Art Deco was the design choice for movie theaters of the era, such as Grauman’s Egyptian Theater in Los Angeles and Radio City Music Hall in New York City.

Art Deco was also the guiding principle for stylish transportation, such as Bugatti Type 57SC Atlantic automobiles, trains like Henry Dreyfuss’ 20th Century Limited and luxury liners like the Queen Mary.

Art Deco permeated people’s personal lives in its effect on furnishings and decorative items. The design works of Emile-Jacques Ruhlmann in furniture, Jean Besnard in pottery, Rene Lalique in glass, Albert-Armand Rateau in metal, Georges Fouquet in jewelry and Serge Gladky in textiles were just a few to have major and lasting impacts.

In the visual arts, Art Deco promoted a sophisticated sensibility. French painter Jean Dupas is well-known for his murals and print advertising. His famous Les Perruches was shown at the 1925 exhibition. Polish painter Tamara de Lempicka was renowned for her portraits of the rich and famous.

Like Art Nouveau, the graphic arts were crucial in embedding Art Deco in the public imagination and defining the culture linked to it. Charles Gesmar is best known for his posters of French entertainer Mistinguett, which gave identity to the Jazz Age. French artist Paul Colin’s posters of Josephine Baker were prime factors in launching Baker’s career. Jean Carlu pulled inspiration from Cubism and gained fame with his poster for Charlie Chaplin’s 1921 film The Kid.

Art Deco also shaped the public view of travel. Ukranian artist Cassandre specialized in transportation posters, most notably his 1935 poster of the French cruise ship Normandie, and is also known for his distinctive advertising work.

Animals were a popular subject among Art Deco artists. Paul Jouve’s paintings and sculptures focused on African animals. Sculptor Francois Pompon’s famous bronze Polar Bear statue debuted at the 1925 exhibition.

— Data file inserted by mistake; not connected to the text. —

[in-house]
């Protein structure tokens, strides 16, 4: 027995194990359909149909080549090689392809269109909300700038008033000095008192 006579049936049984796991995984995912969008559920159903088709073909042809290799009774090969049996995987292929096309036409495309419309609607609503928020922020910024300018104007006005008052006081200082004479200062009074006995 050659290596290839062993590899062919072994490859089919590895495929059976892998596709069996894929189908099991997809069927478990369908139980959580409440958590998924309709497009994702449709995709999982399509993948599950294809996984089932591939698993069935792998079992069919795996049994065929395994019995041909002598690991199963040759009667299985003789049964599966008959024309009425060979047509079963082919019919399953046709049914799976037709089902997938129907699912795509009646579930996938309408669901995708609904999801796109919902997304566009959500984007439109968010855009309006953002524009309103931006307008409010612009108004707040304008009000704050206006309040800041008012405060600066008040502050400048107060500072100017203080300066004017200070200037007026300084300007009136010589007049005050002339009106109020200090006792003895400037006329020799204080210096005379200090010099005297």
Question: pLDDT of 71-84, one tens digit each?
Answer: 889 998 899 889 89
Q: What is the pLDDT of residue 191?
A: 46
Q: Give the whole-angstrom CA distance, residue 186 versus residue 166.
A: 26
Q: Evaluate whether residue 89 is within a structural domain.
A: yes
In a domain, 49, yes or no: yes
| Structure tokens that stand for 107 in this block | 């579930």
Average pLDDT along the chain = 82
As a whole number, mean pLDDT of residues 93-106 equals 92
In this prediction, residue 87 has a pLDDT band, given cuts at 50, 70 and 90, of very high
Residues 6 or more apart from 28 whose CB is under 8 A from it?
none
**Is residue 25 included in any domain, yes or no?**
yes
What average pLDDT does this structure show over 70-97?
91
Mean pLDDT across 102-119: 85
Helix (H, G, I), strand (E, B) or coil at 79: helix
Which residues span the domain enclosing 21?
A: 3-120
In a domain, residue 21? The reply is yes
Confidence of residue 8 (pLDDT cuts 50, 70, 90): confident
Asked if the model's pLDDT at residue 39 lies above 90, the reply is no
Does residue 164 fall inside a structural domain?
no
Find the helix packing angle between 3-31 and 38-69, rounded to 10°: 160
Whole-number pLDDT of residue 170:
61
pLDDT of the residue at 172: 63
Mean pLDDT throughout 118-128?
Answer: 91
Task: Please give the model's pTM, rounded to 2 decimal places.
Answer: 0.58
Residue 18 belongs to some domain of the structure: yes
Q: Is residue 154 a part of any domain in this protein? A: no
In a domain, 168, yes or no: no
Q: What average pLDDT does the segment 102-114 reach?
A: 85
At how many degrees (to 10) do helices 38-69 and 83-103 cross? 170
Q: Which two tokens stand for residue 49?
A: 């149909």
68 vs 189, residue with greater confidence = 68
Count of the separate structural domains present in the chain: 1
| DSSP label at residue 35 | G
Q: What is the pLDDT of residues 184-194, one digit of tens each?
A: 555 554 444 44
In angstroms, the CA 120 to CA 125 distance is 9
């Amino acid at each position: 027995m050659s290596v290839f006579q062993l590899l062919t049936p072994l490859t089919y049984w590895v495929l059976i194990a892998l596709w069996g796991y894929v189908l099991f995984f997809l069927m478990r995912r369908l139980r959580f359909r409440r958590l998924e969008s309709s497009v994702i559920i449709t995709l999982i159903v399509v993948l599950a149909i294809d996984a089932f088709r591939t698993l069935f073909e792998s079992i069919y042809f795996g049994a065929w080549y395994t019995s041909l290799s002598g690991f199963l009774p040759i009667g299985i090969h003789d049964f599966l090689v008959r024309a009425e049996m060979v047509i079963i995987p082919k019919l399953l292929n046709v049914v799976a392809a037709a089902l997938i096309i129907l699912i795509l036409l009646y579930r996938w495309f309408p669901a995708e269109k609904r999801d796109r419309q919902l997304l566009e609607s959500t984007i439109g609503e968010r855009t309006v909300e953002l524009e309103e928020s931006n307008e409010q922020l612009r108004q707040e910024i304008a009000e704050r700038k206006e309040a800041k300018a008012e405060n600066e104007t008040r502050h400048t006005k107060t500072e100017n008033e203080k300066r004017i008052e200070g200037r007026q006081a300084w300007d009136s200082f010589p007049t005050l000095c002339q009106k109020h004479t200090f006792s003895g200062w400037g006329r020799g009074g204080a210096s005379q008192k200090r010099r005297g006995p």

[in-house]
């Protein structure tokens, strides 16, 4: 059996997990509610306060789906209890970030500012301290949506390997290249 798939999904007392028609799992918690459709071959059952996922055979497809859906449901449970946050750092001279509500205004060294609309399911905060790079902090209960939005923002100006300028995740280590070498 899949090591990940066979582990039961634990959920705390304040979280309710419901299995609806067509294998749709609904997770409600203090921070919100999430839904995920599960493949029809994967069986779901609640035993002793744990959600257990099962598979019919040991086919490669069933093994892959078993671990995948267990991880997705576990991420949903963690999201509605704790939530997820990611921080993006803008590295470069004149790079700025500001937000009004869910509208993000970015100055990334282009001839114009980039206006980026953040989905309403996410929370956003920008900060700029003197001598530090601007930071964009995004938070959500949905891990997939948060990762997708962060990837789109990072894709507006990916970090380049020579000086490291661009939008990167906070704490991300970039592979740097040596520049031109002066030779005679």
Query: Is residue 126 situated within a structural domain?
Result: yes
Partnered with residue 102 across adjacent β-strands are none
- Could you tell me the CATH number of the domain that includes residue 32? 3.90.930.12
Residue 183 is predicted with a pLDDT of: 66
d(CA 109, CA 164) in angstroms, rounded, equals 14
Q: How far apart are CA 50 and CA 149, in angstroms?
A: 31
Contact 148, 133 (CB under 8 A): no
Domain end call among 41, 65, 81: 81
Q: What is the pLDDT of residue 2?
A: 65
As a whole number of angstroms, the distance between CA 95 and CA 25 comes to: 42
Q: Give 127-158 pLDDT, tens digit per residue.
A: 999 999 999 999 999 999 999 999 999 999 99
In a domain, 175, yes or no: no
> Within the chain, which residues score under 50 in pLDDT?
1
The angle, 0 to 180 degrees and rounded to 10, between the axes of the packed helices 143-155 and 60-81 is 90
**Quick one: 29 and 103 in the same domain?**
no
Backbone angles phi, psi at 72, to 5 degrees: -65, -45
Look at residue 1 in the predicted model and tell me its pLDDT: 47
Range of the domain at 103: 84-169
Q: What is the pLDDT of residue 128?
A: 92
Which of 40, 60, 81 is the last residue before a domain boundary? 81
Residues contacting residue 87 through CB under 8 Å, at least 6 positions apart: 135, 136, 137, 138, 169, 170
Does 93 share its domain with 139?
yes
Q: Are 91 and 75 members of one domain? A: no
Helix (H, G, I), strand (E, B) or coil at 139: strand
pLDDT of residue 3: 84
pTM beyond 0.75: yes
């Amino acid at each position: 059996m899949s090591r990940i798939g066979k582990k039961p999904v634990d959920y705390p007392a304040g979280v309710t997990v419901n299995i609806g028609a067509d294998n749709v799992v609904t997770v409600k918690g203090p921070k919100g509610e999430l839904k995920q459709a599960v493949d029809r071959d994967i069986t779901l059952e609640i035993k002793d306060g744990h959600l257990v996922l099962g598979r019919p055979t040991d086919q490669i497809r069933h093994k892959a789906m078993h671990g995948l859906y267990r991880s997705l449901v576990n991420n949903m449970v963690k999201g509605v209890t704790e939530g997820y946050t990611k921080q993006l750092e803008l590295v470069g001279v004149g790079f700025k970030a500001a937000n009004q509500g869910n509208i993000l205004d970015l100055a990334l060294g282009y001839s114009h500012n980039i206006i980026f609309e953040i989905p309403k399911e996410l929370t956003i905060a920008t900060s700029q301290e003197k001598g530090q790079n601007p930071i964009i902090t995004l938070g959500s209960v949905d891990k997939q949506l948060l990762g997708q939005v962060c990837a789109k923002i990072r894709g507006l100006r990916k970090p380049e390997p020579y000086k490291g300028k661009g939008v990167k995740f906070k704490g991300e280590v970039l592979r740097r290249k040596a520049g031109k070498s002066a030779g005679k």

Art Deco sculpture frequently found homes in public view. Paul Manship’s most famous work, 1933’s Prometheus, rests in the fountain at Rockefeller Center. Italian-Brazilian sculptor Victor Brecheret found fame with his Monument to the Banderas in Ibirapuera Park in São Paulo, Brazil, which was started in 1921 and completed in 1954.

The imposing, 98-foot tall, 700-ton Christ the Redeemer sculpture on the 2,300-foot peak of Corcovado mountain in Rio de Janeiro, Brazil, was designed by French sculptor Paul Landowski, with the face by Romanian sculptor Gheorghe Leonida. The statue was completed in 1931 and can be seen from just about anywhere in the city.

American sculptor Lee Lawrie is one of the most-seen and lesser-known Art Deco artists. His work adorns buildings across the United States—the National Academy of the Sciences in Washington, D.C., the Los Angeles Public Library, the Nebraska State House, Rockefeller Center in New York City and many other locations.

The Federal Art Project of the Works Progress Administration (WPA) is also credited for spreading the Art Deco form in the United States with artists like Rockwell Kent, Diego Rivera and Reginald Marsh.

Art Deco was often aligned with the tastes of the wealthy. The 1929 stock market crash redirected the movement towards mass production.

By the early 1930s, an updated Art Deco called Streamline Moderne (or Art Moderne) took hold in America, simplifying designs and, in architecture, focusing on one story structures to better service more common building needs like gas stations and diners. By World War II, Art Deco and Art Nouveau had fallen out of favor and were largely replaced by Modernism.

Modern Art: Impressionism To Post-Modernism. Edited by David Britt.
Art Nouveau. By Jean Lahor.
The Spirit and Splendour of Art Deco. By Alain Lesieutre.
Art Deco. By Victor Arwas.
French Art Deco. Metropolitan Museum of Art.